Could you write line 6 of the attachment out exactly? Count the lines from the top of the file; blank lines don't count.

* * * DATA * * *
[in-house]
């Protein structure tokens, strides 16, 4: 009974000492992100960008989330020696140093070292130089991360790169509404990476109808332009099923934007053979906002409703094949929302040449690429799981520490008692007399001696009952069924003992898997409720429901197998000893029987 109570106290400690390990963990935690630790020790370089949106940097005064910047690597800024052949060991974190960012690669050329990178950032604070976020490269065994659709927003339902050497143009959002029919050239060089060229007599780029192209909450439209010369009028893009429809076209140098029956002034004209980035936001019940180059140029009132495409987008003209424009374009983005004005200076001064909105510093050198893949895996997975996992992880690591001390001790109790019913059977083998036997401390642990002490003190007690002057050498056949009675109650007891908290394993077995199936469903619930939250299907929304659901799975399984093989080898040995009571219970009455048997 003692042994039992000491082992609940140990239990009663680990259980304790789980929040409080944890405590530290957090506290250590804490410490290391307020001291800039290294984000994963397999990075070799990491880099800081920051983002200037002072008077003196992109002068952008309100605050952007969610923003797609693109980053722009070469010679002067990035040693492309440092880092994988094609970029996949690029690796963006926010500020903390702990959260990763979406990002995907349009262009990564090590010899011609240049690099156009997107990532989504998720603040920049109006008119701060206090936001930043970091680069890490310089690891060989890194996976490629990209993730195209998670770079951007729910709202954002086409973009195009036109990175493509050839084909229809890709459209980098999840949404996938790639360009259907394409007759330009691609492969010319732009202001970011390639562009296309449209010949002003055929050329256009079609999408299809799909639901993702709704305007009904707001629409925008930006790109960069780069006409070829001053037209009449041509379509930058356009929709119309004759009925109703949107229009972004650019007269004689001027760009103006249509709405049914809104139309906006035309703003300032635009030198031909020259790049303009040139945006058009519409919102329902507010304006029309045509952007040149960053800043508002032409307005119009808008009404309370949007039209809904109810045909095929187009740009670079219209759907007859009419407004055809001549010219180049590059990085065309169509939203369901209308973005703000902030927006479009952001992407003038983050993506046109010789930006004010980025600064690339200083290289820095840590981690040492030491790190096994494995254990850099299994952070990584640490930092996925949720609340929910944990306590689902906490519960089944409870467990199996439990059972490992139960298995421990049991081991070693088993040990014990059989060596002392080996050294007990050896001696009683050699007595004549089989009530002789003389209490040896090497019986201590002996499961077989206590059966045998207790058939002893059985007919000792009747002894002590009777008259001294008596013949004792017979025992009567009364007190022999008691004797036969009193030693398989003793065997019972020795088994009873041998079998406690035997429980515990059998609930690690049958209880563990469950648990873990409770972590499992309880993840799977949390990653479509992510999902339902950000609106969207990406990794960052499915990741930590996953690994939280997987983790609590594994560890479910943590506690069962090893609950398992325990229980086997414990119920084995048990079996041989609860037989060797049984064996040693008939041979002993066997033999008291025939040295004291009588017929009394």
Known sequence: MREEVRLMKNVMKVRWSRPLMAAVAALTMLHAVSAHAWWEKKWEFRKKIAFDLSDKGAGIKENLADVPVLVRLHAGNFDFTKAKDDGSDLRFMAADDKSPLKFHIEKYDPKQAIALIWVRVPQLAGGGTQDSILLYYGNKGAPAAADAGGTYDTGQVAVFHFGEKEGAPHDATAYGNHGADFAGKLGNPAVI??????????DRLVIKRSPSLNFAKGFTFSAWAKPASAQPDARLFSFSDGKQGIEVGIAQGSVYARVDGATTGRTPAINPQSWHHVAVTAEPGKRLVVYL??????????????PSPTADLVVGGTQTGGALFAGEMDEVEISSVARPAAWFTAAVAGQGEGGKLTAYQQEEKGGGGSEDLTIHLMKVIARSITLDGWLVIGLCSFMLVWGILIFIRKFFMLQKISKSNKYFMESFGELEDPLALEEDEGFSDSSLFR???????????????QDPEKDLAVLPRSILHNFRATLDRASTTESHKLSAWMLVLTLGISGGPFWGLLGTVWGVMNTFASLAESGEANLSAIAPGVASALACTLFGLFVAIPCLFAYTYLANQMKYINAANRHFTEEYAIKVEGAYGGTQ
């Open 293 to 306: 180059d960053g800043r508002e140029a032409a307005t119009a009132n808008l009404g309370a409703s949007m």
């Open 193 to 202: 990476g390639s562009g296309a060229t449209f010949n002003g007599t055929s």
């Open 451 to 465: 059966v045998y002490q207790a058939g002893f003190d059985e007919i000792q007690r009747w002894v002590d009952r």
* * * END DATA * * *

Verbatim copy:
């Open 451 to 465: 059966v045998y002490q207790a058939g002893f003190d059985e007919i000792q007690r009747w002894v002590d009952r």